There were many unanswered questions not the least of which was who was the protagonist Swan in the first place. What was the crown. How could the devil have been so easily outwitted and even physically outfought by some loony, old bag lady. Give me a break.
I did not totally (but mostly) dislike the book. After all, I finished the 30+ hours of it but, as is often the case, I only kept going and hoping that it would have a great ending. It did not. The ending was silly and actually the whole book got worse as it went on. This was a book that perhaps a YA male might enjoy but for me it lacked depth, imagination and a good narrator.
A musician and songwriter from the Boston area. I like "Regular Guy" books. No chick Lit, no zombies, or vampires please. No politics.
Shorten it up and it would be a much better story.
I think the "bad guys" all sounded the same.
Oh, I wouldn't want to be burdened with the amount of editing needed to remove all the unnecessary repetitive scenes.
If you are a fan of cliches and dated descriptions of US vs. USSR hostile relations, you might enjoy this
A large number of characters is introduced in the first 2 hours - not a single one of them likeable!
Overall, it put me off so much with its dated political attitudes and unlikeable characters, that I decided it was not worth my time. I think this is the only book I've not finished so far - and that's saying a lot since I did make it though tedious books like the Butlerian Jihad for sake of finding out how they end!
Enjoy the adventure
Should have read more reviews. I would have learned the book follows the lives of a few people who survived a nuclear holocaust. Most run around hungry, stinky and had to watch friends die gruesome deaths. Where is the fun in that?
There were a couple of themes I enjoyed. When the world crashes around a person, this is an opportunity for a new beginning. Also, to reach tomorrow’s goal, we must beat today’s problem.
At 956 pages, this book was long. I don’t mind a long book, but I tend to delay in reading them because they are such a time commitment and 1000 pages of literature can seem quite daunting.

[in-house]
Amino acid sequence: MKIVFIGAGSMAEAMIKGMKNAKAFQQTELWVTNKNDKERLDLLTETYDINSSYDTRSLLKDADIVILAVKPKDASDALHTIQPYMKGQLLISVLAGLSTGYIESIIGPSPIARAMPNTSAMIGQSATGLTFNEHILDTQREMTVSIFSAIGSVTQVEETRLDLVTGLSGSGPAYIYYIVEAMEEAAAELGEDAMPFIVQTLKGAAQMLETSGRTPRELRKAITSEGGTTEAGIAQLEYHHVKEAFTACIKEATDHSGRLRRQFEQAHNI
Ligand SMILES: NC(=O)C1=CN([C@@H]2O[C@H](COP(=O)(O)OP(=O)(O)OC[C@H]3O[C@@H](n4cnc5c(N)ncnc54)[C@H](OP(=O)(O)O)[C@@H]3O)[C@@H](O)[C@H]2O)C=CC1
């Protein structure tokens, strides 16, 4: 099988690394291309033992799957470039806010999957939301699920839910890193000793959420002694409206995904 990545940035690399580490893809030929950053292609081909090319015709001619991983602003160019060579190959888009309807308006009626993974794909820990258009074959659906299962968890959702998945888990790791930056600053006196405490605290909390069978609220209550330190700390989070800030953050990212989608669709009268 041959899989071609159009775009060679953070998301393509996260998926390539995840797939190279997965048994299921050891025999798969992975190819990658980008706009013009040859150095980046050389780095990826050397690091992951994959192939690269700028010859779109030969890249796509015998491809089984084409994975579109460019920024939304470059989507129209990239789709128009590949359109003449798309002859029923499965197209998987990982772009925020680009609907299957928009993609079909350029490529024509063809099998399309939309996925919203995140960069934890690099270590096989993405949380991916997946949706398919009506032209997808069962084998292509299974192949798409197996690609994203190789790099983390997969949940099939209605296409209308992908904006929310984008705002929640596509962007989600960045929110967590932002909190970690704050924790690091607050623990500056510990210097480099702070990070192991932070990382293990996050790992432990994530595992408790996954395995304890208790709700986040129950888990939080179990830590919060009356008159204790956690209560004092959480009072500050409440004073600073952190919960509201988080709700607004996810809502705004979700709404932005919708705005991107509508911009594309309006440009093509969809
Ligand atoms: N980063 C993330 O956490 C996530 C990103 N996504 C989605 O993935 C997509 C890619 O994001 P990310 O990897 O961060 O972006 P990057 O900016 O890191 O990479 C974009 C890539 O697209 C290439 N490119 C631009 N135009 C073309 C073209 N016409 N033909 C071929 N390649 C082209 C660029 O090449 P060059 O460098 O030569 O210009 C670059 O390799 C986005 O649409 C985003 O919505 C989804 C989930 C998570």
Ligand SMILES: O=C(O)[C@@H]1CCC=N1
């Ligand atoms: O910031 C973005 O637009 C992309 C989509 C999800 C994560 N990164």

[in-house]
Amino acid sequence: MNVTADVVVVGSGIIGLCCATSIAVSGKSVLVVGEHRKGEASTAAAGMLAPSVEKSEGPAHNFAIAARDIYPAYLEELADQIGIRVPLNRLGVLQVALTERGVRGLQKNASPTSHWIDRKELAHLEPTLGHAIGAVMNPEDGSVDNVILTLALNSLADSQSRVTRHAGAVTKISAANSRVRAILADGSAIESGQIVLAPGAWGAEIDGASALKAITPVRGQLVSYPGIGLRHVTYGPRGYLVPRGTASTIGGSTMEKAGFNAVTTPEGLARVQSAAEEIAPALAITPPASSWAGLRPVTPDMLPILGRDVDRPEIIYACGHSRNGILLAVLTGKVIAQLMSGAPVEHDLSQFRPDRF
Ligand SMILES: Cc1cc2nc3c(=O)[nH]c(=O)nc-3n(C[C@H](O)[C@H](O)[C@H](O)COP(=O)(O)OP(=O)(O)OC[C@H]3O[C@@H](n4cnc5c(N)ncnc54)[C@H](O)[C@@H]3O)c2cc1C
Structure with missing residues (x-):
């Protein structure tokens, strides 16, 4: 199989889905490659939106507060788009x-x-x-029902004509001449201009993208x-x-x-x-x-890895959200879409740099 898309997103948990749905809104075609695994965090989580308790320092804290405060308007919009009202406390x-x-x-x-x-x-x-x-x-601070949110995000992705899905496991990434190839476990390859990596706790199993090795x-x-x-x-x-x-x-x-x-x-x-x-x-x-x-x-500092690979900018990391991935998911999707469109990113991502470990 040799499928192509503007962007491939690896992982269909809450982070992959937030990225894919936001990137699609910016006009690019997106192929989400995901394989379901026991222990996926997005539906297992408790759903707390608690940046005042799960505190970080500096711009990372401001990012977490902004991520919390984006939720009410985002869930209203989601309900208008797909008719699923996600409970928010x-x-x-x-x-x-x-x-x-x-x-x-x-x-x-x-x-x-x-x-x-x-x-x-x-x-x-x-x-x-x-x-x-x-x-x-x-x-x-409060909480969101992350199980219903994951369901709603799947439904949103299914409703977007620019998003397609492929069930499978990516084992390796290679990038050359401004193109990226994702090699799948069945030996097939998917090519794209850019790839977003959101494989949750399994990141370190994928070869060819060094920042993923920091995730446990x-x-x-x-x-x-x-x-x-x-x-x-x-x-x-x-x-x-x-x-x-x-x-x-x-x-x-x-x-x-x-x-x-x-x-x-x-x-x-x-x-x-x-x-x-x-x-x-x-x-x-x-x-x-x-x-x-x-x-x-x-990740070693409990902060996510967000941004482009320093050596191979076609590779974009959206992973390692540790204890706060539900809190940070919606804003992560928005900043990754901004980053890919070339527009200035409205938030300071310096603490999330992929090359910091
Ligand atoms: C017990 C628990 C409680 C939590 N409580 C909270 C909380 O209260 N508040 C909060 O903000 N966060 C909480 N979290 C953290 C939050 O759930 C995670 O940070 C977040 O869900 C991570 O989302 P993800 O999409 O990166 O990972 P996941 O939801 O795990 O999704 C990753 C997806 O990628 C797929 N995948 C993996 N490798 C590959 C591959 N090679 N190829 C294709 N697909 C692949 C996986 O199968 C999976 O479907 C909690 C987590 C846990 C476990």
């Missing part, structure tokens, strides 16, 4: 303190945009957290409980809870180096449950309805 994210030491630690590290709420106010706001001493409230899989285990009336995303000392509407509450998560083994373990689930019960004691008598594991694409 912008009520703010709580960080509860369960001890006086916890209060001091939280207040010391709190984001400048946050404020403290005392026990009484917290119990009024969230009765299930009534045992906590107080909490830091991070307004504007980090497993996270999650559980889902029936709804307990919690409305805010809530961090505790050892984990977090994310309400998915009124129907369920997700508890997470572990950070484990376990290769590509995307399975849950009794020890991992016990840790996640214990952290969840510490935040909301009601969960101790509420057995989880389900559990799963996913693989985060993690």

I would compare Swan Song to The Stand. I never read The Stand, but (unfortunately) I saw the movie and these books are pretty similar except in The Stand, it was some sort of plague that wiped out the population and in Swan Song, it is nuclear war.
Despite its length, Swan Song kept my attention from beginning to end. There was a nice introductory period for each character that was sufficient to get a handle on their individual situations without dragging on too long before the apocalypse begins, and there were also just enough characters to keep the story moving without it getting too diluted. Though there are moments where you wonder how McCammon is going to tie all of these characters together, gradually it begins to come into focus and he even throws in a somewhat unexpected twist at the end that kind of comes out of nowhere but somehow also makes perfect sense.
There was an inconsistency to the villain in the story that bothered me a bit. I was confused as to his end game. Sometimes he seemed to want to make sure that the world ended while other times, it wasn’t so much that he wanted it to end, but that he wanted to make sure that everyone kept warring with each other and/or suffering as much as humanly possible. Which is it? Do you want them to live and suffer or do you want the slate to be wiped clean? And then, there were times when he wanted something, and though he seemed unstoppable in every other situation, he would somehow fumble his opportunity and then come up with a justification for why he didn’t need it anyway. And there was absolutely no explanation as to his origins. He was simply the manifestation of evil and McCammon left it at that.
I really liked the juxtaposition of having some characters to root for and some to root against. In the beginning, it’s hard to tell where he’s going with some of the characters, particularly what I'll call his two sub-villains. But as the story develops, McCammon uses those characters to give you a distinctly different picture of his post-apocalyptic world – a world where people are just trying to get by and a world in where everyone is fighting for power.
It was a gritty book. Cringe worthy at times, but what can you really expect from a post-apocalyptic book. If you’ve got a weak stomach, you might want to steer clear. But if you can handle it and a book of this length, then I would highly recommend Swan Song.
Audiobook review: I thought Tom Stechschulte did an excellent job. His voice was strong and easy to listen to, and he had a clear and distinct voice for each main character.
McCammon? No. Not without scanning the physical copy quite thoroughly first.
Too much deus ex libre. Waaaay too much. It's not preachy mind you - not at all. It just requires too many 'divine' assumptions I simply don't share for me to enjoy.Plus the stereotyping of race and gender. The main characters were exceptions, yes - but that doesn't give McCammon a free pass. After all, main characters are intended (from an author such as this at least) to be exceptional in some manner.
The narrator did a fair job.
Oh certainly. The author is a fair writer.
I don't think Robert McCammon sets out to be a Stephen King clone by any means so please don't take what I'm about to say to mean that. If I'd known just how King-ish a writer McCammon was beforehand, I would have passed on this book.
I am a D-Bag.
Can anyone say rip off. Well maybe not out right plagerism (not sure if I spelled it right) but close. I was embrassed for McCammon for writing this.